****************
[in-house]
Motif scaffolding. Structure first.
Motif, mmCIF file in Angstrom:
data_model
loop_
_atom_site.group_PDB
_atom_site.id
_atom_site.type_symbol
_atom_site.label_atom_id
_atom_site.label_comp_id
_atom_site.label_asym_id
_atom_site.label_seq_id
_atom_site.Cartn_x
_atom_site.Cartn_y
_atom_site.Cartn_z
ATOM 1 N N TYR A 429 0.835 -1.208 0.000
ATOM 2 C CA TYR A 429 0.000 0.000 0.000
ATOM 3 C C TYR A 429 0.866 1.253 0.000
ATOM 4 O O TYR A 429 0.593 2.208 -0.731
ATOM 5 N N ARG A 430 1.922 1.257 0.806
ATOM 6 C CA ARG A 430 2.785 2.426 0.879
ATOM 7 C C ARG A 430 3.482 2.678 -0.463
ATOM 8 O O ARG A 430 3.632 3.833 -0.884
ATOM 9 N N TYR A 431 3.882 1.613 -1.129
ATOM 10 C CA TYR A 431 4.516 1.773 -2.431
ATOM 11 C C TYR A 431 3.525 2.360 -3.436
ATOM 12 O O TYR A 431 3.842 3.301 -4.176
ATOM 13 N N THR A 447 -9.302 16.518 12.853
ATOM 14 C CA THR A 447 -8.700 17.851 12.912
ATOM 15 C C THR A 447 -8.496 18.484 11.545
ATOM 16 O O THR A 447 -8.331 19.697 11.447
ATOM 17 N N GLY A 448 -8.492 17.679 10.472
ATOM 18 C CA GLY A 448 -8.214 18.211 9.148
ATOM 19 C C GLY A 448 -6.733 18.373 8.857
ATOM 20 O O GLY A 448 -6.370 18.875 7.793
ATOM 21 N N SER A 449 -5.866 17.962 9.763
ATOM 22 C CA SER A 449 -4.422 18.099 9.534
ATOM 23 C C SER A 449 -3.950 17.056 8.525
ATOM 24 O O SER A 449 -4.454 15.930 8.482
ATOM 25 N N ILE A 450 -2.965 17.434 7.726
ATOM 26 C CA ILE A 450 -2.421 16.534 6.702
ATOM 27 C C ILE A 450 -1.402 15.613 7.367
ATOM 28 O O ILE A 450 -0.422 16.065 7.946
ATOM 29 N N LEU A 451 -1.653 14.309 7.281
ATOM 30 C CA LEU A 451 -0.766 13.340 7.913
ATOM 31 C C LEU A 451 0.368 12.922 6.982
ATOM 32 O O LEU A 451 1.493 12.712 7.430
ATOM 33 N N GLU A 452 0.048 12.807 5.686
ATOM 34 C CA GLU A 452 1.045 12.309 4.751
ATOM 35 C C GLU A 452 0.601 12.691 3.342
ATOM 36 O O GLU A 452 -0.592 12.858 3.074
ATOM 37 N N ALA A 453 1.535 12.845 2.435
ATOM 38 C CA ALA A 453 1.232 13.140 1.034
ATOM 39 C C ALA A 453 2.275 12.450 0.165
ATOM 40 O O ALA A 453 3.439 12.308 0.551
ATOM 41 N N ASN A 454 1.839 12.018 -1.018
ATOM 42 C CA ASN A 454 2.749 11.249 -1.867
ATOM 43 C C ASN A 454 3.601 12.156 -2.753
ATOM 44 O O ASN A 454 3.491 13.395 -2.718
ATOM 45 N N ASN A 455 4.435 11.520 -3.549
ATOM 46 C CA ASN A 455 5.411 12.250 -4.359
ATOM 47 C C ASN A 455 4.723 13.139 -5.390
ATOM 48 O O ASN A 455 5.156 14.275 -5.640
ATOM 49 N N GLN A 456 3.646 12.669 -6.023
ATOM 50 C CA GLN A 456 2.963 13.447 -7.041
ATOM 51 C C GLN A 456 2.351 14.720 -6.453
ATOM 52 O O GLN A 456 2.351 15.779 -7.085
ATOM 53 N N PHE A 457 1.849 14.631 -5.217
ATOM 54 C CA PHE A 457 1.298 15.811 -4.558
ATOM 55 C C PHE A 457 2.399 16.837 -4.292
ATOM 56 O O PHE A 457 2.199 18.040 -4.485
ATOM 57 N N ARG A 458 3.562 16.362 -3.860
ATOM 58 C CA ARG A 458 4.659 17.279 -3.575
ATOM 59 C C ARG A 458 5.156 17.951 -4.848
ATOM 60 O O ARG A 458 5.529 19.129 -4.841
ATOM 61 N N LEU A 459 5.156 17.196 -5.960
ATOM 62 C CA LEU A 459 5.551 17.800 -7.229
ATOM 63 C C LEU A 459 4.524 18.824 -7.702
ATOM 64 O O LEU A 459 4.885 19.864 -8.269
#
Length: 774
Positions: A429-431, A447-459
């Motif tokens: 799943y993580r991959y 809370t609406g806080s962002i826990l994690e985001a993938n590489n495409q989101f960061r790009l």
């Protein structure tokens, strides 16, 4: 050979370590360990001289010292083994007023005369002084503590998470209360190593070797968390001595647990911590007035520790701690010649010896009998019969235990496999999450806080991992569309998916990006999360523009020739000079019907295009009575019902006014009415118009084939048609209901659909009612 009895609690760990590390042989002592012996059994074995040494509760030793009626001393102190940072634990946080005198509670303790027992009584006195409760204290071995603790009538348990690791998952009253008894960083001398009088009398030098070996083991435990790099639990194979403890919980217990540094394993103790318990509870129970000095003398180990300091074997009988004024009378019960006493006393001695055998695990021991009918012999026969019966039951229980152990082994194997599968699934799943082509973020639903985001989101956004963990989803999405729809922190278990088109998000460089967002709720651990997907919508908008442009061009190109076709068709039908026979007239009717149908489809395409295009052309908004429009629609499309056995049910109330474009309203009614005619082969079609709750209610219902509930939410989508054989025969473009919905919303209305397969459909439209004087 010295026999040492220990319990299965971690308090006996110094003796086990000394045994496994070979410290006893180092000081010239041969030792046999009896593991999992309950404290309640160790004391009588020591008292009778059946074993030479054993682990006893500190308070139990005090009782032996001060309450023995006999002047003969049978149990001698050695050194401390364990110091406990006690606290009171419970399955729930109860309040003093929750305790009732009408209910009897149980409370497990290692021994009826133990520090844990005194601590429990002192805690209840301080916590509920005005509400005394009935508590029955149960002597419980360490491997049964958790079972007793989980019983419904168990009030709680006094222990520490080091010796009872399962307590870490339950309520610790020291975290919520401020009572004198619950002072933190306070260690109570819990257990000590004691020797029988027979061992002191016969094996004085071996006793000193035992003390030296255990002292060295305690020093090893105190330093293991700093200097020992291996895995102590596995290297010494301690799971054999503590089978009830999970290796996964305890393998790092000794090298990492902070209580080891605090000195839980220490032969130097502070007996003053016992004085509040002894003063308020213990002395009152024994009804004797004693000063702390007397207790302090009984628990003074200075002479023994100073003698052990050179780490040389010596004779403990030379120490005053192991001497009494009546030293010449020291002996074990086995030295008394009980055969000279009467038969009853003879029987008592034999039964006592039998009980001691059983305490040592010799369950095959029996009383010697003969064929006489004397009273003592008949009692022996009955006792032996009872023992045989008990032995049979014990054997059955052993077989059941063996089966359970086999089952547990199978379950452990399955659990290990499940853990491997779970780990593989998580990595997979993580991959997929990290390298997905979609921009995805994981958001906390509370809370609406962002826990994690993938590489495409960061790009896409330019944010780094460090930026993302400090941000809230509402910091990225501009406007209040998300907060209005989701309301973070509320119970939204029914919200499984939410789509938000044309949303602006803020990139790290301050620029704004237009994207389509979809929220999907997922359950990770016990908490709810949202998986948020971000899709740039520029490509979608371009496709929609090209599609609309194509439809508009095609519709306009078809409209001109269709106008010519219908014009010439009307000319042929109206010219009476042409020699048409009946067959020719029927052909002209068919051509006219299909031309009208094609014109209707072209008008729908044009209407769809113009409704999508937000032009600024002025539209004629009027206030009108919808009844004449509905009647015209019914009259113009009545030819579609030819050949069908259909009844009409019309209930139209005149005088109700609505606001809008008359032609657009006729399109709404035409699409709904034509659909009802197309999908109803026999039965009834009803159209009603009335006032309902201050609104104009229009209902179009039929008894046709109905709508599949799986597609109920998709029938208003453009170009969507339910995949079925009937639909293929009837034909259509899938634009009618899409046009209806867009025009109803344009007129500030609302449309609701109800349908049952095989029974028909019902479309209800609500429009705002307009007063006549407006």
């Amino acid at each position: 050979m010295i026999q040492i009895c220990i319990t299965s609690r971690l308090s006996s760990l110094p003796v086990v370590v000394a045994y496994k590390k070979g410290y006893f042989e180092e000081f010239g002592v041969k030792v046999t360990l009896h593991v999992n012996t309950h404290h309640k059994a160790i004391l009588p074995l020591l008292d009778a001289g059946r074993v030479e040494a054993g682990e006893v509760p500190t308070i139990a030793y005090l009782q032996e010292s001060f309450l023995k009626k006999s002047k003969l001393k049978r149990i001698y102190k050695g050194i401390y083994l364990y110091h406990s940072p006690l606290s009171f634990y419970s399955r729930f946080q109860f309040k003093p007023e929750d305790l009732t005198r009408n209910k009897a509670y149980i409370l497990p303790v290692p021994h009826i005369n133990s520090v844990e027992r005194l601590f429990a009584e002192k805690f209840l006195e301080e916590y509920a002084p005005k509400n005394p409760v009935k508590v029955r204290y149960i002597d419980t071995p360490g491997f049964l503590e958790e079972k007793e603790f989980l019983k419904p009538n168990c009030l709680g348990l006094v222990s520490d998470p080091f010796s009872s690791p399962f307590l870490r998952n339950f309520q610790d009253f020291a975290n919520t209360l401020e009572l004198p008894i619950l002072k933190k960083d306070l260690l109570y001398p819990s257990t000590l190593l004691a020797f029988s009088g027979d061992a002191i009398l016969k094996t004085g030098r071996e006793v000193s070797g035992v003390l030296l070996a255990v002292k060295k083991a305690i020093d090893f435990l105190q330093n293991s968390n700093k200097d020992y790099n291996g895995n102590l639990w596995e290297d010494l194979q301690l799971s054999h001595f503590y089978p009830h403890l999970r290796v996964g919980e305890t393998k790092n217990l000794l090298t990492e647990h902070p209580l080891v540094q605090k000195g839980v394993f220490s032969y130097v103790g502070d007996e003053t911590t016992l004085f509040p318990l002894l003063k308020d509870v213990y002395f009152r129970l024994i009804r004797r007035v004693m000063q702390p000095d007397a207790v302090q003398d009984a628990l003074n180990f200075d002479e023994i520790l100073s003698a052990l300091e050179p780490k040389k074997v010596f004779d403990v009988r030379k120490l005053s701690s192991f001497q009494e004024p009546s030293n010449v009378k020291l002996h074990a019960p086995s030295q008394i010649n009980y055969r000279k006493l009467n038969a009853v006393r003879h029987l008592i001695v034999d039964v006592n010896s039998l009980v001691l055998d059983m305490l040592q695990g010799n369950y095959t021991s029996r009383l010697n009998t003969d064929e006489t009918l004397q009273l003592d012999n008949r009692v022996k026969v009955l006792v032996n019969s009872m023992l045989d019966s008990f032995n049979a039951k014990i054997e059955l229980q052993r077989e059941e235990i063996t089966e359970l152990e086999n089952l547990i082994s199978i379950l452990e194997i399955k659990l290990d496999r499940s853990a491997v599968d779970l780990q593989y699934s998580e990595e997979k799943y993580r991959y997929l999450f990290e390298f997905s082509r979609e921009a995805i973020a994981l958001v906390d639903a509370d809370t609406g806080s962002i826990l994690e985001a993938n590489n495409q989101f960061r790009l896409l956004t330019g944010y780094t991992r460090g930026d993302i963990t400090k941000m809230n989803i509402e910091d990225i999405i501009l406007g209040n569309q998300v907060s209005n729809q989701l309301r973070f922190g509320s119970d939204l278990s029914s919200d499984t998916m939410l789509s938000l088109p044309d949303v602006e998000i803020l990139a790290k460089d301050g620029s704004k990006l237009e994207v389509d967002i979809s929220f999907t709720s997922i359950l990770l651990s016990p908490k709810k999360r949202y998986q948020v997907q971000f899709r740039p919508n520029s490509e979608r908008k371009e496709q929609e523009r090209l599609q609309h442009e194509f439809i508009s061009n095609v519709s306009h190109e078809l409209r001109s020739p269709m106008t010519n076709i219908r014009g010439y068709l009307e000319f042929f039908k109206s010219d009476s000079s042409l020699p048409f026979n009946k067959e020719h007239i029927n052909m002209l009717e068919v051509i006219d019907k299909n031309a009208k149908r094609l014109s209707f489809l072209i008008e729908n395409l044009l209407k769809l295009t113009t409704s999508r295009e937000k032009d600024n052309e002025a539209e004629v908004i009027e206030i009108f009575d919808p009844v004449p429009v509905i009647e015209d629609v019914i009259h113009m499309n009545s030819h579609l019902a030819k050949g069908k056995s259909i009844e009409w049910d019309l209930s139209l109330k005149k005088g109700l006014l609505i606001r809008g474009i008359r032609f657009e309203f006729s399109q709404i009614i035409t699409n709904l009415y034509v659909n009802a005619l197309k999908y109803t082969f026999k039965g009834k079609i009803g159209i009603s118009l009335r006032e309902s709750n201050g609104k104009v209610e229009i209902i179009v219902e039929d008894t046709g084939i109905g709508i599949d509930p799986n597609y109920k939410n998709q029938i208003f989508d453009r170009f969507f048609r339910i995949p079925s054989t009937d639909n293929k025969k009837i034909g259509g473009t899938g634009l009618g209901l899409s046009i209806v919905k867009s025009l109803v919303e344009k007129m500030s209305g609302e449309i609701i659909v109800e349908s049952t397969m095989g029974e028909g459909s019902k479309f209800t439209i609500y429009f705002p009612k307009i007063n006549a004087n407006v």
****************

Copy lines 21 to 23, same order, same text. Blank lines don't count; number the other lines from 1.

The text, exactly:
ATOM 6 C CA ARG A 430 2.785 2.426 0.879
ATOM 7 C C ARG A 430 3.482 2.678 -0.463
ATOM 8 O O ARG A 430 3.632 3.833 -0.884